Behm, who is not a political appointee, was pushed out of the job one day after Trump fired the State Department inspector general, a move which is now under investigation by House Democrats.
In a statement, DOT said that the letter is “not factual,” because Behm was never designated acting IG and therefore was not removed or fired from any post. “He continues to serve in his long-time role as Deputy Inspector General,” a DOT spokesperson said.
The letter also alleges that Behm’s removal could be “an effort to undermine” the progress of an investigation into Chao’s possible conflicts of interest, following reports that her agency may have given preferential treatment to Kentucky, represented in the Senate by her husband Senate Majority Leader Mitch McConnell.
“Any attempt by you or your office to interfere with the Office of Inspector General’s investigation of yourself is illegal and will be thoroughly examined by our Committees,” they wrote.
The Democrats also warned that Elliott’s simultaneous positions could create conflicts of interest, chilling whistleblower disclosures to the IG’s office, as well as communication within that office, because employees may be concerned that Elliott, as the head of one of DOT’s subagencies, would share information with Chao.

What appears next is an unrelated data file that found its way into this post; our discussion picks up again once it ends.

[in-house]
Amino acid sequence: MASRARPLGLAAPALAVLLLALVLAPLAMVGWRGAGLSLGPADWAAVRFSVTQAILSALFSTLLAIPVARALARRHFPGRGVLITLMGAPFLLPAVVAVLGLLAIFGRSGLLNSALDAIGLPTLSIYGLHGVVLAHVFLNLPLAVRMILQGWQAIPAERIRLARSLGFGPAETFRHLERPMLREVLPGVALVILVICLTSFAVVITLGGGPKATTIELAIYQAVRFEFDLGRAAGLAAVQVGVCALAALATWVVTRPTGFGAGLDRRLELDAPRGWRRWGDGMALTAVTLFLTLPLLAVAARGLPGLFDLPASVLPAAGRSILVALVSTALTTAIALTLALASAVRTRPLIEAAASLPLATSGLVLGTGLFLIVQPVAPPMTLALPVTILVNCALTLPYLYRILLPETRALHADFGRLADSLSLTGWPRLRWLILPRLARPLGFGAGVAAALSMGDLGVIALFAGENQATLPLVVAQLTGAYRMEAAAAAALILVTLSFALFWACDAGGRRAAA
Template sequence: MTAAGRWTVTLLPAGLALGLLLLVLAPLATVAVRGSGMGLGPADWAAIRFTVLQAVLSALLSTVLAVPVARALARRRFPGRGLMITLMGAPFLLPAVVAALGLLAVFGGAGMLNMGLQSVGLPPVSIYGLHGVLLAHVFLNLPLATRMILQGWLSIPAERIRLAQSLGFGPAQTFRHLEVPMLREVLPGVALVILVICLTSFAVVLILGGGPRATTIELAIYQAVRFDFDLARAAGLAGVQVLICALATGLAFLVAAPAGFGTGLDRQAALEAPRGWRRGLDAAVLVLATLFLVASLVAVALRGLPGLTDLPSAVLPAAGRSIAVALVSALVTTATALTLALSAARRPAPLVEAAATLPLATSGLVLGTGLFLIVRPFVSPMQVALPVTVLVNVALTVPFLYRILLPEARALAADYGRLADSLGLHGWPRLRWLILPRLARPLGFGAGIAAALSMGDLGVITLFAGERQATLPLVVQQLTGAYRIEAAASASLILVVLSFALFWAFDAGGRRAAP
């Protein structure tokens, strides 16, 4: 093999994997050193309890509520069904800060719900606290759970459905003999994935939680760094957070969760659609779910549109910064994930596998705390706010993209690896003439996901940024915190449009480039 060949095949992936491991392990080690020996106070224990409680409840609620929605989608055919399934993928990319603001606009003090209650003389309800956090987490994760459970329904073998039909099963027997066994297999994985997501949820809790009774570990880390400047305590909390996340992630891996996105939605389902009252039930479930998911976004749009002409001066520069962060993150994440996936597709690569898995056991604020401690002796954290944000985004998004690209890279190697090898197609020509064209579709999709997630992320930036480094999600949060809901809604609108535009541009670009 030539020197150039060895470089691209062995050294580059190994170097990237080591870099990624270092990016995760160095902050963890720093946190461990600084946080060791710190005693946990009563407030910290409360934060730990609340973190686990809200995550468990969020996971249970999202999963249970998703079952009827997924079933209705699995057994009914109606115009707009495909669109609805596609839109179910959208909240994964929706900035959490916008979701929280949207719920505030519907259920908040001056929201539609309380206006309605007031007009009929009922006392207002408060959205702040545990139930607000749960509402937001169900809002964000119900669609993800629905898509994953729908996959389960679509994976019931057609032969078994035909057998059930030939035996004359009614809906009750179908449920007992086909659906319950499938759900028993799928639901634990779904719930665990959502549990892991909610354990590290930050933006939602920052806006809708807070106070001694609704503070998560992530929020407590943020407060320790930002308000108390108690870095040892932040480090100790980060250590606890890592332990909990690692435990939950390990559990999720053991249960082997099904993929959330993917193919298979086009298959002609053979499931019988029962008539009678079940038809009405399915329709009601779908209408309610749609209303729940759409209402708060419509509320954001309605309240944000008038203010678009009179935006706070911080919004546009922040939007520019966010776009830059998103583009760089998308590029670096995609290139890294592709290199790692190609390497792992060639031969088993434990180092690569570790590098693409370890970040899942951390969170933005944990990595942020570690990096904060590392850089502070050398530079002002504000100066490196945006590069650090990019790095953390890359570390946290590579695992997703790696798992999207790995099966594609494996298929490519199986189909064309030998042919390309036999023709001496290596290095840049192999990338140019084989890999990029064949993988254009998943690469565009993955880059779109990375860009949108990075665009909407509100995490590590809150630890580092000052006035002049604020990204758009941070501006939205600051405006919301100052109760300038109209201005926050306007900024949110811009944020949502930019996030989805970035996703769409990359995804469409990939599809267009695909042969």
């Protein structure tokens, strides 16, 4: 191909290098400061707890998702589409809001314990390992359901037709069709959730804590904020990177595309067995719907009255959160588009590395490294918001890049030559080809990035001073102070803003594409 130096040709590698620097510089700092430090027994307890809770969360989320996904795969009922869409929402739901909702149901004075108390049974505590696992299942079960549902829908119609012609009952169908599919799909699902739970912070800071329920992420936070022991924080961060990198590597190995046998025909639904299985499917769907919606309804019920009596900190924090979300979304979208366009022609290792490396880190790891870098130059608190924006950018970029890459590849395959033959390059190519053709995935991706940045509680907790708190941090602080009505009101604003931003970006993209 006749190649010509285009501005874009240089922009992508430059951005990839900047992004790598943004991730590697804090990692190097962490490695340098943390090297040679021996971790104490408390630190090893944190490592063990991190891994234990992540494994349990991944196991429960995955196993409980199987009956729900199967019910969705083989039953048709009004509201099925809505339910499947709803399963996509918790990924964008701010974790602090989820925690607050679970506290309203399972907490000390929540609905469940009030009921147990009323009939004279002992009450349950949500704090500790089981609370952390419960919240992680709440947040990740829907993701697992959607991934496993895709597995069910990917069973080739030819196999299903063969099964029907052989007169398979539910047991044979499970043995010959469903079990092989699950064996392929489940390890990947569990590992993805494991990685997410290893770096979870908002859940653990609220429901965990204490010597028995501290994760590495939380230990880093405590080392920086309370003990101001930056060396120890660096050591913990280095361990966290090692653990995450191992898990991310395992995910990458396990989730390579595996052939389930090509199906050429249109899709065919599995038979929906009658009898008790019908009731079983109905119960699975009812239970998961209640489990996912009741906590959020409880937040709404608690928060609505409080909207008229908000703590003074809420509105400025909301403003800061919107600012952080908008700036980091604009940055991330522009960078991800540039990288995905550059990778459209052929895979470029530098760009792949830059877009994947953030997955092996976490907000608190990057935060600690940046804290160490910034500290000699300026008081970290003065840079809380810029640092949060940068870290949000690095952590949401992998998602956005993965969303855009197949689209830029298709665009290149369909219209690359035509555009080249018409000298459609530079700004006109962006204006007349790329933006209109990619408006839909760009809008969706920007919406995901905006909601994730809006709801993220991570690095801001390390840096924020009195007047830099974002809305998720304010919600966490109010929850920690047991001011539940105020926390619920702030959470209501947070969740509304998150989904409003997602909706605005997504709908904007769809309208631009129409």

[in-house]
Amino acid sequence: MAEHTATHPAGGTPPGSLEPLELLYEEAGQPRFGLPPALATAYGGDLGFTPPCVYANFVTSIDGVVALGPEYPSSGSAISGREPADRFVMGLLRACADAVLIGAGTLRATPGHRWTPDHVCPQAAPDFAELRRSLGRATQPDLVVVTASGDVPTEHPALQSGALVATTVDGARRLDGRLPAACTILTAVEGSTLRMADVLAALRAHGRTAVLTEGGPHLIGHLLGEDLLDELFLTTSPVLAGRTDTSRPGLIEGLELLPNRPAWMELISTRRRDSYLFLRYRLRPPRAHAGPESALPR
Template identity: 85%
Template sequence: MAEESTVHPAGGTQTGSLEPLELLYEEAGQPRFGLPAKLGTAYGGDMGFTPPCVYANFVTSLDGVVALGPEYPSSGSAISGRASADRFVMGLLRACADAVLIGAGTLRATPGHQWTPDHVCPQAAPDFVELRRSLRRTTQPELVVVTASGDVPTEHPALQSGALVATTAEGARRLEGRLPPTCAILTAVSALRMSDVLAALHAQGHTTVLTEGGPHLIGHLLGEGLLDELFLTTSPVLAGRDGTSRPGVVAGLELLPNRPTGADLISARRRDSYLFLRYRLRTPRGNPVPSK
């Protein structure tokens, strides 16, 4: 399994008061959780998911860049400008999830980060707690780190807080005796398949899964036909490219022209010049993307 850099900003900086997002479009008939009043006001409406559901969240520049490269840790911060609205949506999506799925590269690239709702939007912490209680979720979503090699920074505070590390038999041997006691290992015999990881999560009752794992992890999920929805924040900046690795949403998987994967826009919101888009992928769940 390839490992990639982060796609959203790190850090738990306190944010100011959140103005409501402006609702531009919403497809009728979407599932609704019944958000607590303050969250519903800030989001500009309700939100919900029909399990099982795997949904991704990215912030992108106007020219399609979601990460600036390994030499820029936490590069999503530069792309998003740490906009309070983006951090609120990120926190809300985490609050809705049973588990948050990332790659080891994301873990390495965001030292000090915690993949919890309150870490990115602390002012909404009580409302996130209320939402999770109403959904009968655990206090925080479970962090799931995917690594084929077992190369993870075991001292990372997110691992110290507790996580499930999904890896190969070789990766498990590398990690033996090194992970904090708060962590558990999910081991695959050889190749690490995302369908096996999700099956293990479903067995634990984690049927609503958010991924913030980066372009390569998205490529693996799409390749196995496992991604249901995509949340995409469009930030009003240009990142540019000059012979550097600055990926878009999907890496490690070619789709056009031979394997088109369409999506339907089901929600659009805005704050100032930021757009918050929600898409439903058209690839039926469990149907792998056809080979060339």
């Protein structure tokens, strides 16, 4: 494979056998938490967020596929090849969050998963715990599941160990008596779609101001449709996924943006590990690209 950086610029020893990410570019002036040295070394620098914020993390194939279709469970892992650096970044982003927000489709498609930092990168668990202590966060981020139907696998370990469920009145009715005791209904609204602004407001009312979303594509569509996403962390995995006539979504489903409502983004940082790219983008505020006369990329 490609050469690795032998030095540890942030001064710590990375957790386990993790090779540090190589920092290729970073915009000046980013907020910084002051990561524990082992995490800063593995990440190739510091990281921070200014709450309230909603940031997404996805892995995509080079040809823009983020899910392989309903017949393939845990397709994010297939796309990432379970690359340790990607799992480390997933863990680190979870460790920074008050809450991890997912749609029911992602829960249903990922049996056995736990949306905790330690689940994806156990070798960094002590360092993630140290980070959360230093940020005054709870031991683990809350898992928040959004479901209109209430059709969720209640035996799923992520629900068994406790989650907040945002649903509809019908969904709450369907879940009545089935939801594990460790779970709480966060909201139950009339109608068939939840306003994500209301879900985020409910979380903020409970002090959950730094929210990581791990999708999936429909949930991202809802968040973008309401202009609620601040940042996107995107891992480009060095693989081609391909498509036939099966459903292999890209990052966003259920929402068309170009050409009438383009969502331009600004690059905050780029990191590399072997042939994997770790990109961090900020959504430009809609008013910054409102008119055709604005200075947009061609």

“This inherent conflict of interest would prohibit you from having the independence necessary to conduct fair and rigorous oversight of the Department and the Secretary,” they wrote.
DOT said that Elliott is expected to recuse himself from investigations into or audits of PHMSA.
The letter asks for information about ongoing investigations and audits, as well as communications about Behm’s removal and Elliott’s qualifications for the job.
Also on Friday, the Trump administration had indicated that it would nominate Eric Soskin, a Justice Department lawyer who defended the administration in several high-profile recent cases, to be the next permanent DOT IG.
Behm has worked for the IG’s office since 2003, initially joining as a financial expert.